(Bloomberg) — In 1999, Benson Tam decided to help out his buddy Joe Tsai and orchestrated a $500,000 investment for his then-untested startup. That company turned out to be Alibaba Group Holding Ltd., which revolutionized online shopping in China and debuted 15 years later with the world’s largest initial public offering, yielding a 200-fold return for Tam and his partners.
In contrast with his decisive bet into Alibaba, Tam has spent the better part of the past decade studying and planning for what he believes will be the transformative trend of the new century. Now, his Venturous Group is preparing to step into the limelight, raising $131 million to help bankroll China’s so-called New Infrastructure plan: a multi-trillion-dollar vision to lay the foundation for the country’s future by building everything from intelligent cities to sprawling ultra-fast networks. It’s a vastly longer-term bet than the rocket ship that was Alibaba, but Tam believes the payoff could be similar in magnitude if he plays his cards right.
“Think before you act, aim before you shoot,” said the methodical 57-year-old, adding that he read 400 books and tested the waters with several personal investments in the seven years before launching his new venture.
Tam’s Venturous is the product of a three-decade career during which the veteran has backed other early internet giants and helped pioneer venture investing and private equity across the world’s No. 2 economy. His journey into finance began in 1989 as an investment banker at S.G. Warburg in London. The Asia IPO boom two years later brought Tam back to his hometown of Hong Kong, where he shepherded companies going public for East Asia Warburg, followed by stints working on private equity at Hellman & Friedman Asia and Electra Partners Asia.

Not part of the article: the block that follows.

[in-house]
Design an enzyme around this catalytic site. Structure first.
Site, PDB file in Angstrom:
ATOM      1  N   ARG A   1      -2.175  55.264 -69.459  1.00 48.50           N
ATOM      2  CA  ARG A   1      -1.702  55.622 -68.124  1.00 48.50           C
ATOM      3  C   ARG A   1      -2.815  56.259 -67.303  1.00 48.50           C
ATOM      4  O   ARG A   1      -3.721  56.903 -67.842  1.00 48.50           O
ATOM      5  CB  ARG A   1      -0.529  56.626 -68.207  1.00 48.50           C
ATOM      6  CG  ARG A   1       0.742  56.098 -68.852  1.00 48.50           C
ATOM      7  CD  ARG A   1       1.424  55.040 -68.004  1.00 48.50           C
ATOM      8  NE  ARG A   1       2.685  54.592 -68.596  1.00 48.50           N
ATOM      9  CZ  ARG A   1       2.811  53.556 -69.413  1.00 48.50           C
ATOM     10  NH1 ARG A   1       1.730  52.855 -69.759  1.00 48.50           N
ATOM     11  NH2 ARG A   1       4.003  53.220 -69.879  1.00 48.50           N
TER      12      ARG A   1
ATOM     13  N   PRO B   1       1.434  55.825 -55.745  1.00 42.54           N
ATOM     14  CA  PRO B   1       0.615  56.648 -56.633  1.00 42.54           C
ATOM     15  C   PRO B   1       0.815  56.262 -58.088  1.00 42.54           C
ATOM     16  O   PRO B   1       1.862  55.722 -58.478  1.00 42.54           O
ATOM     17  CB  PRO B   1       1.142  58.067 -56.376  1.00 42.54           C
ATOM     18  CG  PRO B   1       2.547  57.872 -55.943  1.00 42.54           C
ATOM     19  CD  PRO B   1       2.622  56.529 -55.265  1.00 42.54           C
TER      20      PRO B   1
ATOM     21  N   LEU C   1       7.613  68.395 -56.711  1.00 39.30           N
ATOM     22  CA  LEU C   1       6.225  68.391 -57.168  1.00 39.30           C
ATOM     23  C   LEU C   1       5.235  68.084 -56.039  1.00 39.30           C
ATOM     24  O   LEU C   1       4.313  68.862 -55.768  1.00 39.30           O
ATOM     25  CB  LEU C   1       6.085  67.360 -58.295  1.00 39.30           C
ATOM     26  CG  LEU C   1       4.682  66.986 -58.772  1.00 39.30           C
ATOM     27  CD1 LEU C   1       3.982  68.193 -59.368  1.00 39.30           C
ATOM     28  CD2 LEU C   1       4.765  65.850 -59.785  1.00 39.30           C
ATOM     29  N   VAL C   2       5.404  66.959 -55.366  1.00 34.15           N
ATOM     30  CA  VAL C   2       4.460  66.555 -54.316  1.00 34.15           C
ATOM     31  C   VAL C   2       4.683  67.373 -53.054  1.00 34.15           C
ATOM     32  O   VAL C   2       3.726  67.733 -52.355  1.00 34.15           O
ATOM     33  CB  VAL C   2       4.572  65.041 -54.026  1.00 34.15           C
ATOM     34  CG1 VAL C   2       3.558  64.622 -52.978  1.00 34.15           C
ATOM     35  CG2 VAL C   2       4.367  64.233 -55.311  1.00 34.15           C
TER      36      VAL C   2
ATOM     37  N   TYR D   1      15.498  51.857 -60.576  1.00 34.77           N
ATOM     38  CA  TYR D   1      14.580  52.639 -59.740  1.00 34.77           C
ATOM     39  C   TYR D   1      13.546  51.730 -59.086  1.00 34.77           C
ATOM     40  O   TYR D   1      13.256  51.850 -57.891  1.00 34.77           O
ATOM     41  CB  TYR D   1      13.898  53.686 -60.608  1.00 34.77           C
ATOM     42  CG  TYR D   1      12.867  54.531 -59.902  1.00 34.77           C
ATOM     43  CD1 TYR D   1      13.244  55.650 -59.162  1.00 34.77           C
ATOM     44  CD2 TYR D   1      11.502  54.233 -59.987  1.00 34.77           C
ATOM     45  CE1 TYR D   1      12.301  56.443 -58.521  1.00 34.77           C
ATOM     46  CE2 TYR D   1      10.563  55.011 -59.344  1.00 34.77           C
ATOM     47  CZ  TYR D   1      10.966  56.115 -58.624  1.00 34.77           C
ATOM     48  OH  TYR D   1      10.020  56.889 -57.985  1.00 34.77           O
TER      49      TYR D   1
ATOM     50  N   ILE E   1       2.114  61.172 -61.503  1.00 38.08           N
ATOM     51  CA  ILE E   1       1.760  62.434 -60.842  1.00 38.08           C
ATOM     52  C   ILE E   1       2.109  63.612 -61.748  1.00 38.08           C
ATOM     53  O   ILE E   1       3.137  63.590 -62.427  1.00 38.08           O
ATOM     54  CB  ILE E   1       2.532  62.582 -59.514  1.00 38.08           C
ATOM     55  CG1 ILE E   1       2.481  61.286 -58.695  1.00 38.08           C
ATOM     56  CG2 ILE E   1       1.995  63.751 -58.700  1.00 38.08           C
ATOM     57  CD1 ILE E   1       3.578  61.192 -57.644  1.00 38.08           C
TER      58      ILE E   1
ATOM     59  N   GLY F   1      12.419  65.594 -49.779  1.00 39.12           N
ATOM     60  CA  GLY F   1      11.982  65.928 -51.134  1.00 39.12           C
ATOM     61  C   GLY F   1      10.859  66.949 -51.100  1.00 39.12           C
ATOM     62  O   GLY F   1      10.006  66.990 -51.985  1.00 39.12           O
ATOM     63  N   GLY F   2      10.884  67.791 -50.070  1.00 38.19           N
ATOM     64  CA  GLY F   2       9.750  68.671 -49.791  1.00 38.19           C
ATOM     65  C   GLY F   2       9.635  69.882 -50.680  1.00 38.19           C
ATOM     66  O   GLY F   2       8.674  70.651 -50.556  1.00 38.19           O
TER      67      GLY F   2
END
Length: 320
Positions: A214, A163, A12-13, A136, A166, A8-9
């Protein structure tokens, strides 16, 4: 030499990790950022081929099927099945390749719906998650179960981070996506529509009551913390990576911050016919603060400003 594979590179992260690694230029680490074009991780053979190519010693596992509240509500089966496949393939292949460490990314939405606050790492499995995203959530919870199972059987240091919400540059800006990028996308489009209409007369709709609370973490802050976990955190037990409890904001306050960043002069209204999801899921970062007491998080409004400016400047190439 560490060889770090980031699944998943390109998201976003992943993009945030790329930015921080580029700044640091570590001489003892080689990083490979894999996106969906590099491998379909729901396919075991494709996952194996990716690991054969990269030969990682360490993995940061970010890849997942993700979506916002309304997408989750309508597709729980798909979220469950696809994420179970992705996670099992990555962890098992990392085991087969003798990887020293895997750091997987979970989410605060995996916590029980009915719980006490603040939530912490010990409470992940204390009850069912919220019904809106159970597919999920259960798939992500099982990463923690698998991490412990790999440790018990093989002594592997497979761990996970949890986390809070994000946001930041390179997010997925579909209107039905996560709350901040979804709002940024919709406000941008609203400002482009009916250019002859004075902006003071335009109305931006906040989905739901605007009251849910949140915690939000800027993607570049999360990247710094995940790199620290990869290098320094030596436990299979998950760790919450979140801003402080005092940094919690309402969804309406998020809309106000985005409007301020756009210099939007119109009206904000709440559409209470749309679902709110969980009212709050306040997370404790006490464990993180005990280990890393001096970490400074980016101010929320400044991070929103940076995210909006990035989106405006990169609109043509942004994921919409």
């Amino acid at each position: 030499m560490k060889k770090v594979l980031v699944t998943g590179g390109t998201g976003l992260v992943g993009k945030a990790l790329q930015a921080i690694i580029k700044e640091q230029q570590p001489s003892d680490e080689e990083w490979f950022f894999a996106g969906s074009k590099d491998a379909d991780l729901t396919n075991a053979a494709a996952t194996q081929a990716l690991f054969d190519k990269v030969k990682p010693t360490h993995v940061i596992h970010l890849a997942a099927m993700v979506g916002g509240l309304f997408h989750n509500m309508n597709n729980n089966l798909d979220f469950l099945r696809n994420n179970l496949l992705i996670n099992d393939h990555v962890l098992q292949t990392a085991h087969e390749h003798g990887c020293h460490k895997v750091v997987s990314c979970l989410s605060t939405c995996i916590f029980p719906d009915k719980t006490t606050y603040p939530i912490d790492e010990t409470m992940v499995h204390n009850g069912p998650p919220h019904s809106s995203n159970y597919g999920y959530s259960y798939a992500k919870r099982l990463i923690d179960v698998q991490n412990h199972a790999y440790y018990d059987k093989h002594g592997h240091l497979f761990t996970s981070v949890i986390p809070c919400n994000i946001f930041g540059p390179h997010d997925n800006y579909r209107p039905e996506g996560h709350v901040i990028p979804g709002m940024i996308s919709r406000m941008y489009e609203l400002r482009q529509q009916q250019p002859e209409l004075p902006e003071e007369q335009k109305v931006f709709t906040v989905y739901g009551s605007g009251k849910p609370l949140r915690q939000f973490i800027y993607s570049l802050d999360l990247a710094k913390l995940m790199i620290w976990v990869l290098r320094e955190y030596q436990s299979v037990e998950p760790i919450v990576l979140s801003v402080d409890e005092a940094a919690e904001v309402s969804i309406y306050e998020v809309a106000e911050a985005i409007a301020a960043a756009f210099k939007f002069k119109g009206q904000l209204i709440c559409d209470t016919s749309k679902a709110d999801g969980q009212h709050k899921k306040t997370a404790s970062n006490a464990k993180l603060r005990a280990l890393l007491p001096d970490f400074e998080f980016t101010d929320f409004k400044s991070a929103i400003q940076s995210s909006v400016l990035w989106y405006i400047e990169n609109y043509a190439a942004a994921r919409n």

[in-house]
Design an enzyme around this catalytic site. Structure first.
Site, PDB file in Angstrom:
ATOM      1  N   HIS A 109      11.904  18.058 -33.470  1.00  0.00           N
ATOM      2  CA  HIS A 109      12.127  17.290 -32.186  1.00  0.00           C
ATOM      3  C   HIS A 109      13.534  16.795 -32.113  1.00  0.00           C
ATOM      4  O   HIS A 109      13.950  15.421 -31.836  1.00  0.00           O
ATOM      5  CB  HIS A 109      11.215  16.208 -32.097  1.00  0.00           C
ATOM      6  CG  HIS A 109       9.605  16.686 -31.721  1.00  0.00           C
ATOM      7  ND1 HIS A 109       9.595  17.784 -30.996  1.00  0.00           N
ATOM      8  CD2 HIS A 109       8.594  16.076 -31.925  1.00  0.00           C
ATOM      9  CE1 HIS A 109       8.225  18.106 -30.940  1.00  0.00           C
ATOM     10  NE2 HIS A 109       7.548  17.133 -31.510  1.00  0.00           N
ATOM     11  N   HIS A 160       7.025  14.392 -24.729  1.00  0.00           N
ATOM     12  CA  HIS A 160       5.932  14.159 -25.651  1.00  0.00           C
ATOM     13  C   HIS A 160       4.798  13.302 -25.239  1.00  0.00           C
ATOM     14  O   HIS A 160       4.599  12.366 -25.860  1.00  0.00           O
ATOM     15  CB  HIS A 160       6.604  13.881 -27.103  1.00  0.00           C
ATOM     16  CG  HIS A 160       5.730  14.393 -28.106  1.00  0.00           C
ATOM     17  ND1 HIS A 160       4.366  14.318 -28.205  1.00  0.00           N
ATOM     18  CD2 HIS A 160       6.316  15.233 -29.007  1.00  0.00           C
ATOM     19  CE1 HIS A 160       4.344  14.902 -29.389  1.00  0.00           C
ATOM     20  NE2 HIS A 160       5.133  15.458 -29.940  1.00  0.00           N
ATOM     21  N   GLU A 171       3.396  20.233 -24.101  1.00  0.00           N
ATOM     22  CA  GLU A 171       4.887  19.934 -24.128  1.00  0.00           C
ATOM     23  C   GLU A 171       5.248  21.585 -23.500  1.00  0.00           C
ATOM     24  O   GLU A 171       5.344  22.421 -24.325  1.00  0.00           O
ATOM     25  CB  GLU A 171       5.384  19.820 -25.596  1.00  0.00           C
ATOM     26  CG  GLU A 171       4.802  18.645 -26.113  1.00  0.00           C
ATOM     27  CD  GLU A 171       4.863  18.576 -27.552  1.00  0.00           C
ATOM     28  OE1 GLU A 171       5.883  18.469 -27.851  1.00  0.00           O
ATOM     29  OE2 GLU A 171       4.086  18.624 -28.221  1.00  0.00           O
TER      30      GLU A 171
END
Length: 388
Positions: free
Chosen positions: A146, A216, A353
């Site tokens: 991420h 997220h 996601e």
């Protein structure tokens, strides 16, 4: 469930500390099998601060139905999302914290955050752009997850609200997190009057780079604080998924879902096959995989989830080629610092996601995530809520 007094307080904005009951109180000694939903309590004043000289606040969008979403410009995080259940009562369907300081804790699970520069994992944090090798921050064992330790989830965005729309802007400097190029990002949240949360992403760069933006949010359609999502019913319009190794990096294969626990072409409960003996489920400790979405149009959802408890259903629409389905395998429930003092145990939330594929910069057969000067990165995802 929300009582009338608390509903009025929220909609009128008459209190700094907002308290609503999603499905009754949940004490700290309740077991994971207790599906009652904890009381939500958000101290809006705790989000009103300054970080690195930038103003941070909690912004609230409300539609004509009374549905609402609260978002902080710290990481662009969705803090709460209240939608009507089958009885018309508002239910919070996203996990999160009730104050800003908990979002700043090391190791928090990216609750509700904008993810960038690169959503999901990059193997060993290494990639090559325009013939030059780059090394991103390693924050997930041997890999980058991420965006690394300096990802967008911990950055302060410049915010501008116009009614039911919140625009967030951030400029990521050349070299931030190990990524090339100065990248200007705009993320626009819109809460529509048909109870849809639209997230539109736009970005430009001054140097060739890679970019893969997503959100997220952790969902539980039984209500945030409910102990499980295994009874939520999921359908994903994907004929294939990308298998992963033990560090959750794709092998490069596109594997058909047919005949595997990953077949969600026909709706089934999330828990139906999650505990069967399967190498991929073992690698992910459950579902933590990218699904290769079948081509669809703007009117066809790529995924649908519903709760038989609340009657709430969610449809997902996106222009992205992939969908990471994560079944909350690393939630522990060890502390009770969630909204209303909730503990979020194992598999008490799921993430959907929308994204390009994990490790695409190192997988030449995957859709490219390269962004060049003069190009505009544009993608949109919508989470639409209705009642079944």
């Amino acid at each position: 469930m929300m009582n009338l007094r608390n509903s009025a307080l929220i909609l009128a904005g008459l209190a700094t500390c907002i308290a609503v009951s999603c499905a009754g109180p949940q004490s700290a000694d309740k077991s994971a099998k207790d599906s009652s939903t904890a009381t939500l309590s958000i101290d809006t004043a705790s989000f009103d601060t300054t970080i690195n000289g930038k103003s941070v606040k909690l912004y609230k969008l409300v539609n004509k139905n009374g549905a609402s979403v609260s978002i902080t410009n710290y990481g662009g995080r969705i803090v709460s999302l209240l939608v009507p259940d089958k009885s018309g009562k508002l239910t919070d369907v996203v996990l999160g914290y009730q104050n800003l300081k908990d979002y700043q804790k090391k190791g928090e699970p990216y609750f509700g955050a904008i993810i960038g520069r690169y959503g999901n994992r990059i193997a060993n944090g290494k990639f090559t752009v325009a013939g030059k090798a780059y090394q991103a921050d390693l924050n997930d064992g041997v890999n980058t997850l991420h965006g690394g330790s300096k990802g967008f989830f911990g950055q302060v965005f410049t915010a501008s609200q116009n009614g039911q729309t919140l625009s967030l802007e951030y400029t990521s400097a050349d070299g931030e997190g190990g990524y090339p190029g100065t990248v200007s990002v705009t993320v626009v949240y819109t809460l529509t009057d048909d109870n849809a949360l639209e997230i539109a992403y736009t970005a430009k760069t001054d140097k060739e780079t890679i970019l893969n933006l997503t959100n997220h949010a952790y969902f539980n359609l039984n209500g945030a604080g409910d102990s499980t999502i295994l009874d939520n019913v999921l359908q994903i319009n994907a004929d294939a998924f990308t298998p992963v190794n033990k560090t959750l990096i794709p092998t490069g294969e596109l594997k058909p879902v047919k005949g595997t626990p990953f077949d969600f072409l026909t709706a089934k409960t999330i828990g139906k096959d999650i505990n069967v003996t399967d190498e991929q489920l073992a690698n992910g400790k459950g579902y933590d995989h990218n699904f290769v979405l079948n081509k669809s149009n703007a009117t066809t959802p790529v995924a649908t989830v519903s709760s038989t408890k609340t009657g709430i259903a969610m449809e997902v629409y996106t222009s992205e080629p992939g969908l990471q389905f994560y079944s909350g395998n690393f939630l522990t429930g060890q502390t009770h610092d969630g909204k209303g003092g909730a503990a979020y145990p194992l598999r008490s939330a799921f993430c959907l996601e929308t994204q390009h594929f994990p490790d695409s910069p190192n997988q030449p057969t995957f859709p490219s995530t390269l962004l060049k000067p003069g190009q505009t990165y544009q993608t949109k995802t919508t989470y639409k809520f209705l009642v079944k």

The successful bet on Alibaba, made jointly with Fidelity Investments, led him to co-found Fidelity Growth Partners Asia in 2002, where he played a key role in growing assets 200-fold to $4 billion in just a decade. Tam’s signature investments also include AsiaInfo Holdings, which built China’s first national broadband network and became one of the first Chinese tech listings on the Nasdaq.
Tam’s early experience taught him the value of personal relationships and the Hong Kong native moved to Beijing in 2002 to befriend mainland entrepreneurs. One of his key goals in his early days as a venture capitalist was to be invited by startup founders and fellow investors to weekend parties. Even today, Tam still attends team-building activities at his investee firms. “Capital is not all about money. It’s not all about numbers. It’s ultimately about people,” Tam said.
Now, his Beijing-based Venturous Group has raised $131 million from financial institutions including Fidelity as well as billionaire families in its Series A round. He’s seeking another $100 million by the end of this year to digitalize buildings, transportation and other urban facilities in China, an initiative backed by President Xi Jinping himself.